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At-A-Glance Film Reviews

Pearl Harbor (2001)



Reviews and Comments

Pearl Harbor consists of three incongruous acts, mashed together into an ungainly whole. It appears to be more interested in reproducing the success of Titanic, which also set a fictional love story amidst a tragic historical event, than it is in telling the story of the men and women who fought and died in the attack on Pearl Harbor.

Titanic worked because the central characters were interesting, the story was cohesive, the historical events were handled respectfully and with the proper dramatic tone, and underneath it all was an intelligent reflection on the human failings that permitted such a tragedy in the first place.

Pearl Harbor reduces the historical backdrop into a series of action set pieces. Instead of exploring ideas inherent in the events, it extracts them, reducing the reason for Japan's attack to something inexplicable at best, and having utterly nothing to say about why the attack happened, how it was carried out, or how we responded. The film is dedicated to the men who died at Pearl Harbor, but what does it dedicate to them? It does not seem very interested in them except as a tool for dramatic imagery. Consider, for example, a scene in which we learn that men are trapped in a sunken ship in the harbor. We learn this to emphasize the brutality of the attack, as if such emphasis were needed. Then the film forgets this point entirely, providing the fates of those men in a narrated line just before the closing credits. Why wasn't the third act of the film about those men, instead of a rushed covering of the Doolittle raid on Tokyo, complete with overblown crash landings and an improbable engagement with Japanese soldiers?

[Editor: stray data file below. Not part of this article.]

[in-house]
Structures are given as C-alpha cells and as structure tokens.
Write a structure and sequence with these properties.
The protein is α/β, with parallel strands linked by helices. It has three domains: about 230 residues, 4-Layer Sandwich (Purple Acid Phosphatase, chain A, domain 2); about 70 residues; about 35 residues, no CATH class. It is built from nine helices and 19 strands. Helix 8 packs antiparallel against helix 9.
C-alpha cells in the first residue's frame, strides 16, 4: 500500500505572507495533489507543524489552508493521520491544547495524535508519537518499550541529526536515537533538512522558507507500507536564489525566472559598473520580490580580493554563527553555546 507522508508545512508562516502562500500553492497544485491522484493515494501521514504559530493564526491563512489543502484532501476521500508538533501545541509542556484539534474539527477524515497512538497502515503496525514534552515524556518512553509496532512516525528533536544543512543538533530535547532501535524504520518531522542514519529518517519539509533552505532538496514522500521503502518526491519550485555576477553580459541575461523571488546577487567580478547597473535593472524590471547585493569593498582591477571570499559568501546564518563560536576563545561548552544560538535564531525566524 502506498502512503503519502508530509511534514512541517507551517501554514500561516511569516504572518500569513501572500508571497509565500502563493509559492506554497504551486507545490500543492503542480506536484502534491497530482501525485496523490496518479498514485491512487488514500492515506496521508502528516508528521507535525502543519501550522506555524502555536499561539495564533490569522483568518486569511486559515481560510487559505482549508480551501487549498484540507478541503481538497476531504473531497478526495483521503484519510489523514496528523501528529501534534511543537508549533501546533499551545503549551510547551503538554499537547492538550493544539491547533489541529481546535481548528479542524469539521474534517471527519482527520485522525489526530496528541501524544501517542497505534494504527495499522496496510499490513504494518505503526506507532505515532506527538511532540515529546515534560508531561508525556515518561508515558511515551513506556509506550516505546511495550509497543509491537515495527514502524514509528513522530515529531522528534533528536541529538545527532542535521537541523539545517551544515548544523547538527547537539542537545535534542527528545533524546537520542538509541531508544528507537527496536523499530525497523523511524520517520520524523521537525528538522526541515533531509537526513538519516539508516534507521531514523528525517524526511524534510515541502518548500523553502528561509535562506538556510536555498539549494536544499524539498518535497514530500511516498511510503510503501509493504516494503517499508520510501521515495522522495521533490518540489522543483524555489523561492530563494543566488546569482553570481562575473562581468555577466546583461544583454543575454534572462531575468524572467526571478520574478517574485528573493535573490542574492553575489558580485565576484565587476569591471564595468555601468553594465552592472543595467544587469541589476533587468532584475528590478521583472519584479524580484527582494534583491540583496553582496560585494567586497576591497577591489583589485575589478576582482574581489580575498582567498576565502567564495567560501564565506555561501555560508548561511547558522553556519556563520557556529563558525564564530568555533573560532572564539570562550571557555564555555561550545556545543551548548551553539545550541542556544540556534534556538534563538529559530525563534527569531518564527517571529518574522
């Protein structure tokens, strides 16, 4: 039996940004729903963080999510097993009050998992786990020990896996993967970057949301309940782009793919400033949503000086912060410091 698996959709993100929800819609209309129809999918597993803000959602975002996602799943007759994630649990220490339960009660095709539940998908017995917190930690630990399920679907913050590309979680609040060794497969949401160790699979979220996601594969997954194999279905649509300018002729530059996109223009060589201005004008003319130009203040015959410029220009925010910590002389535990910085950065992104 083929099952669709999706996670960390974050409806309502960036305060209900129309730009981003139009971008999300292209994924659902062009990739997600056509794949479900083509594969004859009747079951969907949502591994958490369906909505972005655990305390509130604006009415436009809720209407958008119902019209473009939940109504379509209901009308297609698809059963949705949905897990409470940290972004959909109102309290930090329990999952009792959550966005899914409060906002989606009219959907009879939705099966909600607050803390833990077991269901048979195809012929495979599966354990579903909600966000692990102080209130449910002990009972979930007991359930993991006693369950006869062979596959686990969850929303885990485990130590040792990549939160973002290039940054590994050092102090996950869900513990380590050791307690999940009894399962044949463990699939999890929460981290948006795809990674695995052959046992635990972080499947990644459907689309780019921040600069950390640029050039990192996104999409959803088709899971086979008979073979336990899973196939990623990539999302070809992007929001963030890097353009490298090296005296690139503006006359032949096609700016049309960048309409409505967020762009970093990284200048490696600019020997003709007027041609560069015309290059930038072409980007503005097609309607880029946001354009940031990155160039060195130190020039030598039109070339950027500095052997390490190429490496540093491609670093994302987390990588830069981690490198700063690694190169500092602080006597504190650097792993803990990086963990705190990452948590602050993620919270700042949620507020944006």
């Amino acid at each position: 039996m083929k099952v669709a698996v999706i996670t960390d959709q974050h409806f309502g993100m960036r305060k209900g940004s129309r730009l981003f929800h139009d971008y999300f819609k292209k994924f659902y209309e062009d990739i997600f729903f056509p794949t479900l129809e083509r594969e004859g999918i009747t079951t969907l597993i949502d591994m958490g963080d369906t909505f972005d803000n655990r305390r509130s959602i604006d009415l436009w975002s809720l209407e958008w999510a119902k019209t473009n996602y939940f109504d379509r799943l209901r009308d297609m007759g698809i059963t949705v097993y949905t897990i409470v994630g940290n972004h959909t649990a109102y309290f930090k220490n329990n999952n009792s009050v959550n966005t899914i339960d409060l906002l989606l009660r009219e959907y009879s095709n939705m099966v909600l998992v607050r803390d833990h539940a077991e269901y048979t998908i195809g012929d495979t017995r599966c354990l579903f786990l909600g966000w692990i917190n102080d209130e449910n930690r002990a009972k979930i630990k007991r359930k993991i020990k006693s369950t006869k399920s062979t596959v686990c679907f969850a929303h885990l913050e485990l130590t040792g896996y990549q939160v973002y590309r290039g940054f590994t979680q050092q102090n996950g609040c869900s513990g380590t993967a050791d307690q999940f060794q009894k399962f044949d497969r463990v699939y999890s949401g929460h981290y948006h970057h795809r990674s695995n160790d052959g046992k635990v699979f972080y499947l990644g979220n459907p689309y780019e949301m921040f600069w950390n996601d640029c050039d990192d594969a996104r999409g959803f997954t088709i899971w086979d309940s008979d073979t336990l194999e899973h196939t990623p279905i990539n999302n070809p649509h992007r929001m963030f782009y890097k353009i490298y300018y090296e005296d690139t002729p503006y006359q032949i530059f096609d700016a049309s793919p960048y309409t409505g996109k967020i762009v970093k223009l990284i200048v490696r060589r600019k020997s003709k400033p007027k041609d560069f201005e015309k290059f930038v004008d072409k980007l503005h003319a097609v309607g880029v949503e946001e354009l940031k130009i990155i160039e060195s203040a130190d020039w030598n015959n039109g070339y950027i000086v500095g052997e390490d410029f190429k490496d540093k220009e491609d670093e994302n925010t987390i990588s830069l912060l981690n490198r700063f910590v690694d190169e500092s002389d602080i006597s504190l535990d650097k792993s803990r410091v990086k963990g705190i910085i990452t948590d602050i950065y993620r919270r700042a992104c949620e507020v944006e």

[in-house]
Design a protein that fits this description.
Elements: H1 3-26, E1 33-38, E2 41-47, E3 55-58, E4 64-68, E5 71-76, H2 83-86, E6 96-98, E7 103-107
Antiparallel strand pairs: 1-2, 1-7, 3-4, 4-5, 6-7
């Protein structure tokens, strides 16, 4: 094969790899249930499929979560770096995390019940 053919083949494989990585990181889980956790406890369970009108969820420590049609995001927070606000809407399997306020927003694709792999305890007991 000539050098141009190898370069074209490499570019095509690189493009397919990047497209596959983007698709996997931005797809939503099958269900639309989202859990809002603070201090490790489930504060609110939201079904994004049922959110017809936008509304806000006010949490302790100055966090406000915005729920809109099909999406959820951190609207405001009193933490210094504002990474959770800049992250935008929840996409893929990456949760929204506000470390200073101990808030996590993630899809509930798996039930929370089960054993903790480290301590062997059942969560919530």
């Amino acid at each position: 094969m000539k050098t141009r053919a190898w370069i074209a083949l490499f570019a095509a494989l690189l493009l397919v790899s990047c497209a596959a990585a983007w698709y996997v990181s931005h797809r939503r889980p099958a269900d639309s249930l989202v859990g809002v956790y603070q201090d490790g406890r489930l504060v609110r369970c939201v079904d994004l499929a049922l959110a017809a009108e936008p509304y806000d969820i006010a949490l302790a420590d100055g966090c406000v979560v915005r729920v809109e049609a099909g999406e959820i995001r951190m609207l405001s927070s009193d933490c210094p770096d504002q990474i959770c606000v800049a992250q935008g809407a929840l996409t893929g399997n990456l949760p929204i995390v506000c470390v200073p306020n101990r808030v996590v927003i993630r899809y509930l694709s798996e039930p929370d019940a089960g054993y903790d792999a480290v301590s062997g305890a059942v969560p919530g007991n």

If you want to see a real movie about Pearl Harbor or the Doolittle Raid, one that paints a deep and accurate picture of what it was like, one you can learn from, one that pays tribute to our veterans, or even just one that functions as convincing entertainment, there is no shortage of options. Tora! Tora! Tora! chronicles the events before, during, and after the attack from both the American and Japanese sides. Thirty Seconds Over Tokyo is as thorough a chronicle of the Doolittle Raid as is probably possible in a feature film, while also following the personal stories of a few individuals involved (any one of which is more interesting than the personal story in Pearl Harbor). The Purple Heart, one of the most heartbreaking movies I've ever seen, tells the story of Americans captured by the Japanese after the raid.

Writing off the historical aspects of the film, I am left with the love triangle that makes up the entire first act and pervades the rest of it. It is wholly uninteresting. This same story has been told better, countless times before. Not one of the three characters is fleshed out into an individual: they are bland stereotypes, dolled up to look pretty and given trite lines that they recite to convey the illusion of genuine emotion. It's telling that it doesn't much matter to us how the love triangle is resolved. Unless they both die, she'll get one of them, and who cares which? Neither of the men are personable, and we surely suspect early on that her decision will be based more on fate than her own volition anyway. (In plots like this, it's survival of the survivors.) And so, alas, we are denied even the most basic of all elements of storytelling, namely, characters making actual decisions.